Might 2023 be a fourth major March bottom? It looks like an amusing coincidence, but it could happen: Imagine the Fed continues to tighten monetary conditions as the economy slows, consumers pull back, housing gets even worse, and job creation falters. What could follow is a grind lower until the end of Q1.

The caveat: “March bottoms” are a tiny sample set, and more likely a coincidence than anything meaningful.


• Acting on Predictions: Every year around this time, endless forecasts fill the media. But here is the unexpected thing about those predictions: Even if your forecast of future events is correct, the odds are against you capturing it in your portfolio.

See for an example: WSJ: Wall Street Nailed Earnings but Missed the Bear Market

“The FactSet consensus prediction is for $221 a share this year, exactly as predicted, with the final quarter still based on estimates . . . Their success is rather spoiled by Wall Street’s total failure to anticipate the bear market in stocks and bonds.”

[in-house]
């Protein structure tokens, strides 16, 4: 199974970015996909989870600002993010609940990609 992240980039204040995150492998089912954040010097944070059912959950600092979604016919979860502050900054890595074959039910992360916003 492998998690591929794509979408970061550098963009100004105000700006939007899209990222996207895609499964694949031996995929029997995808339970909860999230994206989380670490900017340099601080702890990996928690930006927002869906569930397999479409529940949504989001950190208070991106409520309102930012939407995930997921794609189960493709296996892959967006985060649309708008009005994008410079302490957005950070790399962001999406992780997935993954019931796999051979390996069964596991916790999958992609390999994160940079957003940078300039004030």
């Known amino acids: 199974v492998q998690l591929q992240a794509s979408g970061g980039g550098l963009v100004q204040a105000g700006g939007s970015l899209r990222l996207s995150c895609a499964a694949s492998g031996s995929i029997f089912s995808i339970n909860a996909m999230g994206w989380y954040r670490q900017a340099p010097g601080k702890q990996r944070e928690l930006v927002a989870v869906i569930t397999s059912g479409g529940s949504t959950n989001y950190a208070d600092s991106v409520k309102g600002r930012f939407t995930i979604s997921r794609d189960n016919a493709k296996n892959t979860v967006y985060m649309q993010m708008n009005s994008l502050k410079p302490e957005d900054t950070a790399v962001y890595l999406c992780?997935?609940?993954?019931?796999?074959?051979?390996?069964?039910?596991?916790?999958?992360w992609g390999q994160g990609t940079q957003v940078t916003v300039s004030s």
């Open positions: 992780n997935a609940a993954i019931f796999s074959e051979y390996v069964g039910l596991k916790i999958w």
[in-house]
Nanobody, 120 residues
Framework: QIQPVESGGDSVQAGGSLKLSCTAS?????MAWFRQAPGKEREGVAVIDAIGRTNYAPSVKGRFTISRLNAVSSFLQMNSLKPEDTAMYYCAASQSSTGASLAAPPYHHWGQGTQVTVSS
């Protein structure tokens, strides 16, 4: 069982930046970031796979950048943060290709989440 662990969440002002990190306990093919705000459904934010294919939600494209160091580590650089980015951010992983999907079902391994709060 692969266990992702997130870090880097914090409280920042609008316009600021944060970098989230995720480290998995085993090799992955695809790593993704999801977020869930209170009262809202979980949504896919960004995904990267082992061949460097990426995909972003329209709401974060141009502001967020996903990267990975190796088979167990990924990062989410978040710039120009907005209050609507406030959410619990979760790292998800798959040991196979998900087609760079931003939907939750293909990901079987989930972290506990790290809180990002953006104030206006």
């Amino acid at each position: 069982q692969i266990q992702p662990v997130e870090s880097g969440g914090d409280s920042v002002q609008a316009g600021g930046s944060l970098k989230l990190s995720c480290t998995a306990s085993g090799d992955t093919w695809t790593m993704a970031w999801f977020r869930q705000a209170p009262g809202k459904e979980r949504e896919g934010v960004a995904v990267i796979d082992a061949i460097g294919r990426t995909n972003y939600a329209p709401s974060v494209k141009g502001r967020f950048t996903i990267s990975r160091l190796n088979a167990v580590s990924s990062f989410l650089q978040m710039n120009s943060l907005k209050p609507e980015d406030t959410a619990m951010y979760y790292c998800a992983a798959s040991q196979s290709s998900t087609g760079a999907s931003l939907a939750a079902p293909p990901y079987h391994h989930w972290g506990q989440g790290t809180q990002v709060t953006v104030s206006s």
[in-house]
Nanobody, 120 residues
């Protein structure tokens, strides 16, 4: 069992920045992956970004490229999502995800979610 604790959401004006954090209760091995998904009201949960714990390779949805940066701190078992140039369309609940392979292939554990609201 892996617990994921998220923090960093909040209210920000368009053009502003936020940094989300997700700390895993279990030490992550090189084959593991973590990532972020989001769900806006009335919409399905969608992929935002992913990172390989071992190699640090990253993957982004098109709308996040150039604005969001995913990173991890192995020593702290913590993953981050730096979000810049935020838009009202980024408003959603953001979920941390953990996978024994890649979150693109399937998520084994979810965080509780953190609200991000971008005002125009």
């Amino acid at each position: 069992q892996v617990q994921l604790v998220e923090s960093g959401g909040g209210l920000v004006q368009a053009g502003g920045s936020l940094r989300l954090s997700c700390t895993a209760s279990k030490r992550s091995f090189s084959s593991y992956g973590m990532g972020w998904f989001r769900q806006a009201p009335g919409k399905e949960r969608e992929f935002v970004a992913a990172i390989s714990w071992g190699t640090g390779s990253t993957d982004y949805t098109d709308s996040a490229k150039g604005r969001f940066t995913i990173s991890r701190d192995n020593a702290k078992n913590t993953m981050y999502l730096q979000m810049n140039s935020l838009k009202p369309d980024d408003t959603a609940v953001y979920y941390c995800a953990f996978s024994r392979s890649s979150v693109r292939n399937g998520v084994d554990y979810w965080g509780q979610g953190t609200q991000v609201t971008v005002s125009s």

What’s already priced in? What does the timing look like? What second-level effects are there?

Even if you could forecast future earnings and economic data, it is far less helpful to your portfolio than you imagine.

• Tesla Had a Bad Year; Amazon had a Worse 2 Years: I love finding odd correlations and comparisons, and this one seems to really pack a surprise.

For sure, 2022 was a rough year for Elon Musk: He was forced to buy Twitter for $44B, then watched Tesla lose 70% of its market cap. His net worth fell by $200 billion dollars, something that has never happened to anyone before (at least, not on a nominal basis).